Jon Rahm tickets cashed in Mexico, but does that mean it was good value?

Jon Rahm plays his shot from the second tee during the second round of the BMW Championship golf tournament.
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Diane Knox Balas


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Diane Knox Balas loves golf (she’s Scottish, so of course she does) but let’s just say she’s much better at analyzing golf than playing! The same cannot be said for her brother, Russell Knox, who’s a 2-time winner on the PGA Tour and fueled Diane’s initial passion for the sport. A seasoned TV and radio host, Diane has given out 8 outright winners since joining the Pickswise team in April 2022. Her general rule is she has to have three stand-out reasons for each pick and spends her time studying stats, playing form and little nuggets of information from golfers’ lives on Tour. Diane lives in Jacksonville, Florida with her husband Garrett, son Greyson and two English Bulldogs Bowser & Barkley. You can follow her antics on Twitter @KnoxyDiane and Instagram @dianeknoxbalas. For Diane Knox Balas media enquiries, please email
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Ask anyone teeing it up on the PGA Tour, it’s tough to win out there. Actually, ask anyone but Scottie Scheffler, who’s won four times since February! Each week when the odds come out prior to a tournament kicking off, there are clear favorites based on current form, world ranking and – quite frankly – just how damn good they are. And that was certainly the case this past week with Jon Rahm.

The Mexico Open at Vidanta was a new addition to the PGA Tour schedule, being held on a course that was hosting a professional event for the first time – Vidanta Vallarta in Puerto Vallarta. Jon Rahm, the #2 golfer in the world, was the headline name and the betting favorite…by a mile. The best odds I saw for Rahm at the start of the week were +450 (and some sportsbooks had him as low as +350), with the second-favorite Abraham Ancer priced at +1800. There was a lot of value to be had throughout the field, and viewing the relatively weaker event as an “opportunity week” to find value further down the board was a more attractive prospect for many, including myself.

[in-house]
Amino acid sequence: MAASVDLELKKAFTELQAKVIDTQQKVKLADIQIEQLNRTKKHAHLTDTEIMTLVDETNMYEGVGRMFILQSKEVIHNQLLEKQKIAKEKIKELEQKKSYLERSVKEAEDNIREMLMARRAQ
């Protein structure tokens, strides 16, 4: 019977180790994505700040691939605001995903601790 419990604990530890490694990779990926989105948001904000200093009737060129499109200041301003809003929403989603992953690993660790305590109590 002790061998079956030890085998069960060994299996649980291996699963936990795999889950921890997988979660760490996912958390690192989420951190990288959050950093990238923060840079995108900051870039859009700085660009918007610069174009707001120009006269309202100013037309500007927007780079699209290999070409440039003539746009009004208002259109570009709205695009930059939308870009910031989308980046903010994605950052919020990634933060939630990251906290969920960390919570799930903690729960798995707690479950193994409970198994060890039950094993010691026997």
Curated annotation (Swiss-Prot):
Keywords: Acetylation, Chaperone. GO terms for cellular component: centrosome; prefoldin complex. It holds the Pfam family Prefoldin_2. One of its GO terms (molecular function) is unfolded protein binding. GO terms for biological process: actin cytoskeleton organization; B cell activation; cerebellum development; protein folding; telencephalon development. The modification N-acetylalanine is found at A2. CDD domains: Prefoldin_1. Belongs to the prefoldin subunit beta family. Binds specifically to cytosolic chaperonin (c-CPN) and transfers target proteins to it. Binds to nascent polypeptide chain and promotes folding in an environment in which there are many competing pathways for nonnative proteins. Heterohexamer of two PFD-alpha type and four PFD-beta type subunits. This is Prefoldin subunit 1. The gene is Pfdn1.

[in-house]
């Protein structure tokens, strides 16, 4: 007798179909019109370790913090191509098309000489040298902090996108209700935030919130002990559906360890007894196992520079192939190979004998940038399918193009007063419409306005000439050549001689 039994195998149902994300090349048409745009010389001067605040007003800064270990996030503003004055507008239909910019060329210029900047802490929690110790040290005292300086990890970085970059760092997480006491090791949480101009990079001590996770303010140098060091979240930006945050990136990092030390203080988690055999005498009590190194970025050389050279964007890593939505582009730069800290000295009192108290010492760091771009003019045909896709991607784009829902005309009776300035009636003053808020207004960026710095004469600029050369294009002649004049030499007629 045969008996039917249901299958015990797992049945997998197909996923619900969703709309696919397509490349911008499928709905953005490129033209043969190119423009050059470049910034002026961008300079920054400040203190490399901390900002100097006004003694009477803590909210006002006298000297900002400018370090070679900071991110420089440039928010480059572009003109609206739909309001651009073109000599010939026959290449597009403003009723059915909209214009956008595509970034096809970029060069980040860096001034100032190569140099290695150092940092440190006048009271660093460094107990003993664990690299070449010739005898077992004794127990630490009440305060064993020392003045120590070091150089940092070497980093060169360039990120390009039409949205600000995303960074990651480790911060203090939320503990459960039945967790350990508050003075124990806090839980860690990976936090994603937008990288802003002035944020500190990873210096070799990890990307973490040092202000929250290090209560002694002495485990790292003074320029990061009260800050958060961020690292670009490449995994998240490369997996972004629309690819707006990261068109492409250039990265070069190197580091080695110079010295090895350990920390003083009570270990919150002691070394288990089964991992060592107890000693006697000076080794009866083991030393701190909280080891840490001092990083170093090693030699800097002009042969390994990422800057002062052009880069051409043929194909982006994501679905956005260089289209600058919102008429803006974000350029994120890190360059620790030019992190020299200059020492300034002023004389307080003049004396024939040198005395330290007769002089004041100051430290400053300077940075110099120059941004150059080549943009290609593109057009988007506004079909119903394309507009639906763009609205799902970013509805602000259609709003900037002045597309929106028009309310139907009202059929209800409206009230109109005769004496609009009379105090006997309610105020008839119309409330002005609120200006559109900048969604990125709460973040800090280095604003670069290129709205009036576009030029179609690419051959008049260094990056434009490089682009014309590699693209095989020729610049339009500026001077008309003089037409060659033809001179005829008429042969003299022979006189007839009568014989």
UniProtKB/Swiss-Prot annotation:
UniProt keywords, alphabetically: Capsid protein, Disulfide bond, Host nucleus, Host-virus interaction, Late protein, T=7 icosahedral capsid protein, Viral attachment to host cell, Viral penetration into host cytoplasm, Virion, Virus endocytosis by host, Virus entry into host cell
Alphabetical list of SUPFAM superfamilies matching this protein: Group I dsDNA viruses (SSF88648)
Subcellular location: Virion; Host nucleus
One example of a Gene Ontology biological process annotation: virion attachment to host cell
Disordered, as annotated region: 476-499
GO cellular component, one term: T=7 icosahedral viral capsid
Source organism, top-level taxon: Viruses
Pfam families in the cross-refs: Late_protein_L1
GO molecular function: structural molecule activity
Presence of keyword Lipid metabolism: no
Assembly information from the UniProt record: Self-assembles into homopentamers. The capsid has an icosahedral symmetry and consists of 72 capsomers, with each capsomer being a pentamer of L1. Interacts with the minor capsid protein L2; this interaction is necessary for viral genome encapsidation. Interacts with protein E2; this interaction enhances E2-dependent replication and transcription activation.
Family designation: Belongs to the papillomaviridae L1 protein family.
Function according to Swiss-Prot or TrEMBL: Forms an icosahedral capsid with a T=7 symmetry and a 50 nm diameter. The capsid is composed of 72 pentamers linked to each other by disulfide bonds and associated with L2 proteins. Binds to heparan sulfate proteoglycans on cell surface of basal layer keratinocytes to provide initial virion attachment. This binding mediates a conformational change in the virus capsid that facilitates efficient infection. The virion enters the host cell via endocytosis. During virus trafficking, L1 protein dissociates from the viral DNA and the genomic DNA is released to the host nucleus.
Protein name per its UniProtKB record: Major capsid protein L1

As analysts, and as bettors, we want to make money. We want to look down the board and see a supremely talented player in good form at odds of 35/1. And then we want to find a triple-digit longshot and watch his rise to glory. (Don’t get me started on my +2800 pick of Martin Trainer to finish in the Top-10, who ended up getting knocked back to T11 in the final moments of the tournament.) These are all appealing picks.

But what about backing an overwhelming favorite at odds as short as +350? Should you ever do it?

If you did put your money on Rahm last week – however small the odds were – you would’ve cashed out. Looking back, I almost kicked myself for not doing so! But there’s no such thing as a safe bet, and such small odds just don’t have the curb appeal in terms of long-term value.

I’ve been wracking my brains to think of the last time I saw another player with such short of a price, and I keep going back to Tiger. It has to be Tiger, right? In 2000, he was +125 to win the Buick Open (he didn’t win), 3/1 to win the Masters (finished 5th), 3/1 to win the U.S Open (he won!), 4/1 to win The Open (he won that one, too) and 4/1 to win the PGA Championship (yep, he won). In fact, he was 1/3 to win ANY Major that year, and he won three of them! But that was Tiger in his prime, and 2000 was a very special year.

Rahm is no stranger to the short odds market. In fact, back in 2021 at the Fortinet Championship, the Spaniard was listed as +375, the shortest odds to win a PGA Tour event since gambling was legalized in 2018. He went on to miss the 54-hole cut.

See? No such thing as a sure bet. Having said that, it dawned on me Sunday when Rahm lifted his seventh PGA Tour trophy that I may have overlooked a motivating factor at the start of the week. Scheffler had knocked Rahm off his OWGR #1 spot after winning the WGC-Dell Tech Matchplay, a position Rahm had held for 36 consecutive weeks. With his fiery, super-competitive temperament, Rahm certainly wants the top spot back. His win in Mexico was a first step, and it wouldn’t be surprising if a sustained run of great form allows him to reclaim it. 

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